Today, EHS protocol software version 1.3 has been established as a standard. The first commercial hardware solution for PLMs built according to EHS 1.3 is now available from STMicroelectronics Inc. in sample quantities. The ST7538 is upwards-compatible with its predecessor, the ST7537, and it offers additional features. For example, the new IC isn't just integrated into a smaller package. The maximum supply current was reduced from 35 to 5 mA, while the carrier peak output voltage increased from a maximum of 3.7 V to a maximum of 14 V.

To facilitate design-ins, STMicroelectronics offers a demonstration and evaluation kit that was jointly developed with French software manufacturer Trialog. The ST7537 HS1 enables data transmission via the mains as well as through mains-independent twisted-pair cables if a separate power supply is provided. This permits the setup of a fully isolated demonstration solution.

Via an API, it's possible to write C code for simple applications. This API contains functions for the handling registration and the enrollment. Both of these are fundamental mechanisms for the plug-and-play feature. Yet there also are functions for transmitting and receiving EHS commands via the EHS powerline network.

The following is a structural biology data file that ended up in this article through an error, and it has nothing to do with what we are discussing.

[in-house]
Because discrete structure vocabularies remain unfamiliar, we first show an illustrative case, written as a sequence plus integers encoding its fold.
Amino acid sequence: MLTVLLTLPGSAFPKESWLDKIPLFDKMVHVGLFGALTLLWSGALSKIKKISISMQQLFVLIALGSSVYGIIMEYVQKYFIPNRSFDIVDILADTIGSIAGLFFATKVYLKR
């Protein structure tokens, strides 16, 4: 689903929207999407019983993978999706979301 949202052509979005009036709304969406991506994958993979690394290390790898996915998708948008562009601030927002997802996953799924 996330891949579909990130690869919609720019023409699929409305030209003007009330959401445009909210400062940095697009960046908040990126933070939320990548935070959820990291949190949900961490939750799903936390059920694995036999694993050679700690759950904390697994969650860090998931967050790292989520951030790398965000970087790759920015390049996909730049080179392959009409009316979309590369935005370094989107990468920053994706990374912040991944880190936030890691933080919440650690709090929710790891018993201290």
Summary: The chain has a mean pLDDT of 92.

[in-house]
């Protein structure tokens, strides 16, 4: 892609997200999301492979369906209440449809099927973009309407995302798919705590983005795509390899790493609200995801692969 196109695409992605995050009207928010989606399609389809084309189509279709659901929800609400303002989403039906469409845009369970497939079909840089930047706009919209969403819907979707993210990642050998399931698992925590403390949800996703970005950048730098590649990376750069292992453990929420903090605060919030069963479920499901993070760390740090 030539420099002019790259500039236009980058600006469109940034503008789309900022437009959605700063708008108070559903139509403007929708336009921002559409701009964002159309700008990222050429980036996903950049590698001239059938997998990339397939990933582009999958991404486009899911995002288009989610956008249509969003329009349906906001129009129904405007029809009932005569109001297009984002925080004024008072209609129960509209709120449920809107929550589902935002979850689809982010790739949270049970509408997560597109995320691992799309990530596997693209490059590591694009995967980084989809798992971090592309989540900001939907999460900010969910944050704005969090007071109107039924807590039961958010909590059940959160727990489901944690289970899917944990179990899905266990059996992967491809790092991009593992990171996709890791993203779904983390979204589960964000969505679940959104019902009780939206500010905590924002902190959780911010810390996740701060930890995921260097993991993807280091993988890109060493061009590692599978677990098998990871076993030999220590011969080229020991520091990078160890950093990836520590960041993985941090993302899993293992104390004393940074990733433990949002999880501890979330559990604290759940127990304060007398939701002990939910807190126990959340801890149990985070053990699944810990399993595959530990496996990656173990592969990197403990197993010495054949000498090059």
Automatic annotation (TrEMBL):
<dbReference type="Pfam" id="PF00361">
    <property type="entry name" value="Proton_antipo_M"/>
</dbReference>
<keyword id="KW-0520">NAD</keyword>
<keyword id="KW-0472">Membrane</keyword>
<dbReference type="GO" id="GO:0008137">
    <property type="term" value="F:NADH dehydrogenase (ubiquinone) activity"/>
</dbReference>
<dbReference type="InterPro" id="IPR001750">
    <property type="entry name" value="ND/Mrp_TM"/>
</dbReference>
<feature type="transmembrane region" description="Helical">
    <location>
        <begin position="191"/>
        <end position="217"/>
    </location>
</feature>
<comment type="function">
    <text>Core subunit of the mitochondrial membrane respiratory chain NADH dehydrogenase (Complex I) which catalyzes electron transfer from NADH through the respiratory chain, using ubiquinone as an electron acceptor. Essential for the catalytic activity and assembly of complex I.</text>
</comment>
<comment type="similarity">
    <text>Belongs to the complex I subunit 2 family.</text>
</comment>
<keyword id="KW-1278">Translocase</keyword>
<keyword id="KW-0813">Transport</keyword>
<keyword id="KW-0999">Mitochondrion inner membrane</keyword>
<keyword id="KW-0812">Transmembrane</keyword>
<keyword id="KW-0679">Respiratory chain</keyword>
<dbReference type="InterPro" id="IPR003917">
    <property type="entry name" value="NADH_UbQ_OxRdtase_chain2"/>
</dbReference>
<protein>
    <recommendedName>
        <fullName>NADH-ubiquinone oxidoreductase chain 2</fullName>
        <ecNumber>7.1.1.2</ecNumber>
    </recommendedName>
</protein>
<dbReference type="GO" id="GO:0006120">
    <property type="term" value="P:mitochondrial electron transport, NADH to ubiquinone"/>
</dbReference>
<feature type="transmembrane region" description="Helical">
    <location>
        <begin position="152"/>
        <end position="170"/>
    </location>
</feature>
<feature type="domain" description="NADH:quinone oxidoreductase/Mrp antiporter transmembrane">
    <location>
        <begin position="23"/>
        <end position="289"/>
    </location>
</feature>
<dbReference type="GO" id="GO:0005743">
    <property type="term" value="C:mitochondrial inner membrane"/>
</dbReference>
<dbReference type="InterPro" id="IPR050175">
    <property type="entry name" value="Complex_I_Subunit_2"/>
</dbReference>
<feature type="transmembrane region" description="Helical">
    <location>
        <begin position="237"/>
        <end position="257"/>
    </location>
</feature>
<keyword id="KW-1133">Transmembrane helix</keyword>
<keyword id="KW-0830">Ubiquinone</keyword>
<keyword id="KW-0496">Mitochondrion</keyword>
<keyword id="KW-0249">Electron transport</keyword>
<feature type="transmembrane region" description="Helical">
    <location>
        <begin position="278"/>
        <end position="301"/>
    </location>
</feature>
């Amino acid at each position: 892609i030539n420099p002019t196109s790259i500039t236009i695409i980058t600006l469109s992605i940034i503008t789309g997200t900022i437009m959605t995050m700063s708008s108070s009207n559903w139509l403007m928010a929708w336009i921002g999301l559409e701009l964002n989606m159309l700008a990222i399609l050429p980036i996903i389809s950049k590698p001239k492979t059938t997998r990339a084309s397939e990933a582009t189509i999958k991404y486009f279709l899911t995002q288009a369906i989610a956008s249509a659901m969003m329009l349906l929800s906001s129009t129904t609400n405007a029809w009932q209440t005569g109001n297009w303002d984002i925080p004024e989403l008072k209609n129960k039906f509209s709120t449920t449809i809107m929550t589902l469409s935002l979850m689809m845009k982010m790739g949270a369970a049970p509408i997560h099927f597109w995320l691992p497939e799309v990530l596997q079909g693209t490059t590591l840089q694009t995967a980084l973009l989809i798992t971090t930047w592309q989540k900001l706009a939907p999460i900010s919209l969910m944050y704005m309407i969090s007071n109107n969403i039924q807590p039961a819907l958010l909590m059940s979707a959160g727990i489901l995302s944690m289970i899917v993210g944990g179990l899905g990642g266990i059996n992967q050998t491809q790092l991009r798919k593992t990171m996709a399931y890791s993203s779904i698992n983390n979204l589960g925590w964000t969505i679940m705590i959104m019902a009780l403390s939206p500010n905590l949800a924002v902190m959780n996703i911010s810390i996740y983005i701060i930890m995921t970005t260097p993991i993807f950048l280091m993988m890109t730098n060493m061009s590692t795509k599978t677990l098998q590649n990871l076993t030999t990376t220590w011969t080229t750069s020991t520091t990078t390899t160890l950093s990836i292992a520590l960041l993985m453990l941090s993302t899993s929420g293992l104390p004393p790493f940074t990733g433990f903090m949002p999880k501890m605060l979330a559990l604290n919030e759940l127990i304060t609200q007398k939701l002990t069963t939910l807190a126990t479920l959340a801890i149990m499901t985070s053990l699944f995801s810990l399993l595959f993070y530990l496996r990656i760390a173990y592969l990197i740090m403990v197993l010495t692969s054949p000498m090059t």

EHS and its successor, currently named Convergence, aren't totally focused on powerline transmission. They also allow RF transmission. Designers looking into RF data transmission typically consider Bluetooth (see "With Devices Ready To Go, Bluetooth Is Poised To Make Its Move," Electronic Design, July 24, p. 85). But even though Bluetooth may be used in a universal way, it doesn't seem to be the first choice. Only low data rates are needed for appliance communication, and Bluetooth's networking capabilities are quite limited.

"There is no RF technique covering all requirements," reports Fritz Jauss, R&D manager of home and building technologies at Honeywell, Germany. "Therefore, we have to carefully select the technology. The problem of Convergence is not the technology, the problem is costs." The appliance manufacturers are interested in RF modules that cost less than $5.

Look at the data traffic within a home-automation system for appliances. Short messages are sent out in 98% of all cases. Only 2% of the messages require faster data rates for uploading/downloading. Due to the fact that high data rates are always a tradeoff with sensitivity, range, and costs, it's a good decision to choose a low data-transmission rate for home automation to increase the system's sensitivity and range while keeping costs relatively low.